Jennifer Smith (Solicitor)Employers across Britain breathed a temporary sigh of relief with the recent High Court ruling that employees have no automatic right to work beyond the age of 65. However, it was made clear by the judge ruling on the case that forcing people to retire at 65 is unsustainable and needs reviewing.
The government has now asked businesses and individuals to submit evidence on the default retirement age, in time for the review taking place next year.
The evidence requested includes:-
the operation of the default retirement age in practice;
the reasons that businesses use mandatory retirement ages;
the impacts on businesses, individuals and the economy of raising or removing the default retirement age;
the experience of businesses operating without a default retirement age;
how could any costs of raising or removing the DRA be mitigated and benefits realized.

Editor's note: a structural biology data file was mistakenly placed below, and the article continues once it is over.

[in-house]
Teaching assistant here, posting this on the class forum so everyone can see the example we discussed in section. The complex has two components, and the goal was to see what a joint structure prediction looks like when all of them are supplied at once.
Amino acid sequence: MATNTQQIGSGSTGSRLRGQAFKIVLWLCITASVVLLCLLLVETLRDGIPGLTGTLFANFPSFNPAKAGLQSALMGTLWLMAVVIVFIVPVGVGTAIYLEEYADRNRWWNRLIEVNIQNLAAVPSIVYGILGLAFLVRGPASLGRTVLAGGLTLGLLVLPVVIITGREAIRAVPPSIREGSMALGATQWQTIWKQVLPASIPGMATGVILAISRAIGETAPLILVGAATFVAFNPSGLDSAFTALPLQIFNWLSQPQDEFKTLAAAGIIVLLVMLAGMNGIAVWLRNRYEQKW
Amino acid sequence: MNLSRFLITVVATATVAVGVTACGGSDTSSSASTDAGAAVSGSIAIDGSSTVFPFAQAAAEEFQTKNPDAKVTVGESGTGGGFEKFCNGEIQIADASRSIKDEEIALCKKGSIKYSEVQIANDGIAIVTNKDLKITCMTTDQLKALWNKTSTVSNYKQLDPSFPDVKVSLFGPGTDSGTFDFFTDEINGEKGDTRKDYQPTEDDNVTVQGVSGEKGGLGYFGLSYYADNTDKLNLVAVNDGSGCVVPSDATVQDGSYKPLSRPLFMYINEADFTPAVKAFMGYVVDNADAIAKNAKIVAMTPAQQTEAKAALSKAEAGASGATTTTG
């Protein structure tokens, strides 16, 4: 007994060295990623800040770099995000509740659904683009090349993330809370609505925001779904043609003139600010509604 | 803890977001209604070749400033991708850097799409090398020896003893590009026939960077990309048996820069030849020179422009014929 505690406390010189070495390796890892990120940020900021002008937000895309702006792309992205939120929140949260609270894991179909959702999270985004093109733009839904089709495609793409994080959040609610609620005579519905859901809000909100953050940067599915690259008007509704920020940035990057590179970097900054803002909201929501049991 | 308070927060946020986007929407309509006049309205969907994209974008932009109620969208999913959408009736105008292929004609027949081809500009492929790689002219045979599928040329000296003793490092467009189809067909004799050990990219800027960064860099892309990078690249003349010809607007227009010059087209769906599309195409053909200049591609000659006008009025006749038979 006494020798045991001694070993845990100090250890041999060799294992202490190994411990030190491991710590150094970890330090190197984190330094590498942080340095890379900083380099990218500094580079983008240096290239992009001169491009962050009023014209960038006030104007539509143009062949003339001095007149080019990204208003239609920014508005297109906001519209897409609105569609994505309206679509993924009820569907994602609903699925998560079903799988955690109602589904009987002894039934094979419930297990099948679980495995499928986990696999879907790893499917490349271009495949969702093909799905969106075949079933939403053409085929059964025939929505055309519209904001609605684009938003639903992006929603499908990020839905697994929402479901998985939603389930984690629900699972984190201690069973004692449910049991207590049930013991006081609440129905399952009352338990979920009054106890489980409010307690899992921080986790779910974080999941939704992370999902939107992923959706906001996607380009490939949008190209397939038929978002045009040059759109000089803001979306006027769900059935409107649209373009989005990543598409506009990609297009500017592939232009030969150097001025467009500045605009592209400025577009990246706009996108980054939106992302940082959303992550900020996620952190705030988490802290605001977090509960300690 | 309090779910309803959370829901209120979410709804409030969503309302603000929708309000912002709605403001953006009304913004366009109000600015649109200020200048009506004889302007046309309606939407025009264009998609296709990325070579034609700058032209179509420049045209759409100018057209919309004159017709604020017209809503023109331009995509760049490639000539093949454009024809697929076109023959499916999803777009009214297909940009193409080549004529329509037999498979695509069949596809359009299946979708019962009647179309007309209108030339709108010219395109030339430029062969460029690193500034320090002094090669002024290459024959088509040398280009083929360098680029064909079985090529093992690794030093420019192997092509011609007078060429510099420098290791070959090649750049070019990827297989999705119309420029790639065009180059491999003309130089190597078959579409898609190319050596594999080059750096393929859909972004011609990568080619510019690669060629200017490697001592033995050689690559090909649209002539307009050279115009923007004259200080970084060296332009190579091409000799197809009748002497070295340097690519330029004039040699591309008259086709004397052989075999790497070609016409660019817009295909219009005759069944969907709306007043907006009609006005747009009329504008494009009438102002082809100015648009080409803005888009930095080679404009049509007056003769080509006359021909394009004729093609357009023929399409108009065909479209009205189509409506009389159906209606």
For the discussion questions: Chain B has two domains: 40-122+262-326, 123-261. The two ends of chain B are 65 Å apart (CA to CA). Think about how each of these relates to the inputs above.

Minister for Pensions and the Ageing Society Angela Eagle MP said:
“As people live and work for longer, it is sensible that we have the debate on what works for business and individuals. The laws around employment and retirement need to reflect changes in economic and social circumstances.
“That is why earlier this year we announced we were bringing the review of the default retirement age forward to 2010. Today we are asking for evidence to be submitted by 1st February to allow that to happen.”
Business Minister Pat McFadden MP said:
“The default retirement age is a subject that employees, the business community, trade unions and charities all have a strong interest in.
We want to receive information from all of these parties as it is important that our review is based on robust, detailed and wide-ranging evidence.”
Please contact Jennifer Smith if you have an employment related matter on 0161 615 0656